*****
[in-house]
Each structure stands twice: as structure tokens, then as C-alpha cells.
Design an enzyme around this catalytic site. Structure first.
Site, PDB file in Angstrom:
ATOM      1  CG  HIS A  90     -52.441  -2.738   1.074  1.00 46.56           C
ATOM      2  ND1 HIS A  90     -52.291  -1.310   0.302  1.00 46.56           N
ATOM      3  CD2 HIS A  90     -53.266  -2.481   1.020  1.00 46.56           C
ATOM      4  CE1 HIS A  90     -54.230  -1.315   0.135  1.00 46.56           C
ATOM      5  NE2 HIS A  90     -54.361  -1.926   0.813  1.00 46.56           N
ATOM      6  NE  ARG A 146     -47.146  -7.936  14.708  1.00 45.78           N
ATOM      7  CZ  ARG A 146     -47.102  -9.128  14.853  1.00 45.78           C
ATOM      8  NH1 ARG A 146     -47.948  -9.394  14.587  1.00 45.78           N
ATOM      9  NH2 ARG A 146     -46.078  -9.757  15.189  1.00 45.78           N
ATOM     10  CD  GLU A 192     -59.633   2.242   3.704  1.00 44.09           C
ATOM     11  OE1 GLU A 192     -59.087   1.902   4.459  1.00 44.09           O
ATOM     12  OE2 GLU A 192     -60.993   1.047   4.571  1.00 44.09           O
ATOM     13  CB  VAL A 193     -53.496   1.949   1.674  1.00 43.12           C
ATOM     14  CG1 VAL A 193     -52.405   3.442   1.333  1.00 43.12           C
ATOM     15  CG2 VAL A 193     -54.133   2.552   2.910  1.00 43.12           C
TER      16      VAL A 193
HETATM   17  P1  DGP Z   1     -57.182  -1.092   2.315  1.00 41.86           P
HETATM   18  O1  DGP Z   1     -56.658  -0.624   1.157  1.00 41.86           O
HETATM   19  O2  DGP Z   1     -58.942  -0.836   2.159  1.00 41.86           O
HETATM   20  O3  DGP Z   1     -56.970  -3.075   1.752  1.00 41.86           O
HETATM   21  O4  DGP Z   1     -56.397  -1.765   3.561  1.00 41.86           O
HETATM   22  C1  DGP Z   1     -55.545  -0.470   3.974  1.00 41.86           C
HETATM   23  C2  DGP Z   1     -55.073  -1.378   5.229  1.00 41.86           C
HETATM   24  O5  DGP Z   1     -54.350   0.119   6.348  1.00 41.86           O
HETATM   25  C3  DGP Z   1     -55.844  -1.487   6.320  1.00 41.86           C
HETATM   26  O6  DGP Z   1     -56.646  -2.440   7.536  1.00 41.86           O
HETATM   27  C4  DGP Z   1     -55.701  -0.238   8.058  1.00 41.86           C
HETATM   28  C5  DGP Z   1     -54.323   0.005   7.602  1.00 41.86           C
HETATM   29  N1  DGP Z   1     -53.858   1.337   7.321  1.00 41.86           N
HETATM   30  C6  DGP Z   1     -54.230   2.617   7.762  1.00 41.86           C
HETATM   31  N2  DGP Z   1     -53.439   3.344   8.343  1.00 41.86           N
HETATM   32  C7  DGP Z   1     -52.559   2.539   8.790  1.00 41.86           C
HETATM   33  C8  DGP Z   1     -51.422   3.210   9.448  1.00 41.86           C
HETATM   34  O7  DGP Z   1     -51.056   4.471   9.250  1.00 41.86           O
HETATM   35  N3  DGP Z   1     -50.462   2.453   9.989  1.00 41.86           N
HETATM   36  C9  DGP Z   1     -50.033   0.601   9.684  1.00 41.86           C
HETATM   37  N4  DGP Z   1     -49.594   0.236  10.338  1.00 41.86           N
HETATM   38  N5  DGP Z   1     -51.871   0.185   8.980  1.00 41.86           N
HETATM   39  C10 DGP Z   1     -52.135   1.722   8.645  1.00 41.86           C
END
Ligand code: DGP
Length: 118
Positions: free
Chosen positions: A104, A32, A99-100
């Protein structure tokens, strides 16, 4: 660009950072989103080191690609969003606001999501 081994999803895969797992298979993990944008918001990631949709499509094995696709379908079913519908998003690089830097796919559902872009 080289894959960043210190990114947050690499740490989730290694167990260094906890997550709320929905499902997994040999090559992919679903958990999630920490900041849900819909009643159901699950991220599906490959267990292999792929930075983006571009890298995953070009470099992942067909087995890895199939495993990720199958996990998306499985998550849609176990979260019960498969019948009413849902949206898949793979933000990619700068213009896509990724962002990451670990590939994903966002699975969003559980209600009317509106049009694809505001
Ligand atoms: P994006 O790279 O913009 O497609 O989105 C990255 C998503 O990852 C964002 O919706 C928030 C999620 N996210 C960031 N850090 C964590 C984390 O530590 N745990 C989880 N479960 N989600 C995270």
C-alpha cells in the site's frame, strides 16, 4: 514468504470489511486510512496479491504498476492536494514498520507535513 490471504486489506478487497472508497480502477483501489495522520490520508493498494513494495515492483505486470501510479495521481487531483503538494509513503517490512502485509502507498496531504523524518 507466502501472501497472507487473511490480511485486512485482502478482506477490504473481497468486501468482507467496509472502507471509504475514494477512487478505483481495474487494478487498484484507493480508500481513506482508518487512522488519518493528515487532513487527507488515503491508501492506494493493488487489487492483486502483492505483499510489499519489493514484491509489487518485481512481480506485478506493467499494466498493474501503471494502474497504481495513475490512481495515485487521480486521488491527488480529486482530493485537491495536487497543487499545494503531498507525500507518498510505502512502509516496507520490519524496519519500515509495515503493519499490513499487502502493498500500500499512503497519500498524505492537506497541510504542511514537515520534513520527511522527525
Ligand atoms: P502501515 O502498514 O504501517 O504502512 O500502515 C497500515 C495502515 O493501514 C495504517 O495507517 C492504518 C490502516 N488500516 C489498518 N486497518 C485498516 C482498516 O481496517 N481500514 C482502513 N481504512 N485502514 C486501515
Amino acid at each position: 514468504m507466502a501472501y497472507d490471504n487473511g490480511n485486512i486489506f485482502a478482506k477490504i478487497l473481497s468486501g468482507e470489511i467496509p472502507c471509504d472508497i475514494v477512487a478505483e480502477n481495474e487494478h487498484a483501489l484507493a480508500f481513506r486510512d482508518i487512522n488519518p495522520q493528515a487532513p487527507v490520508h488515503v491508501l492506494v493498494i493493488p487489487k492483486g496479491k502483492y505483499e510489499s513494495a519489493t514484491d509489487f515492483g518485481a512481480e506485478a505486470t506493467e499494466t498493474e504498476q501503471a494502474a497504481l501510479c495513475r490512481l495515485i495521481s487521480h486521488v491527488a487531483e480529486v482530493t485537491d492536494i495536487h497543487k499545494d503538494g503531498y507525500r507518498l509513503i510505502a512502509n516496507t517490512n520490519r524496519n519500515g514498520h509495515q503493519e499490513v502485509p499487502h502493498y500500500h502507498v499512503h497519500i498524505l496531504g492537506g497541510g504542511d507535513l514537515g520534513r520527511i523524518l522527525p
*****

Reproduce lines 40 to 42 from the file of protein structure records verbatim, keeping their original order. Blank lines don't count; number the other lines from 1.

HETATM   36  C9  DGP Z   1     -50.033   0.601   9.684  1.00 41.86           C
HETATM   37  N4  DGP Z   1     -49.594   0.236  10.338  1.00 41.86           N
HETATM   38  N5  DGP Z   1     -51.871   0.185   8.980  1.00 41.86           N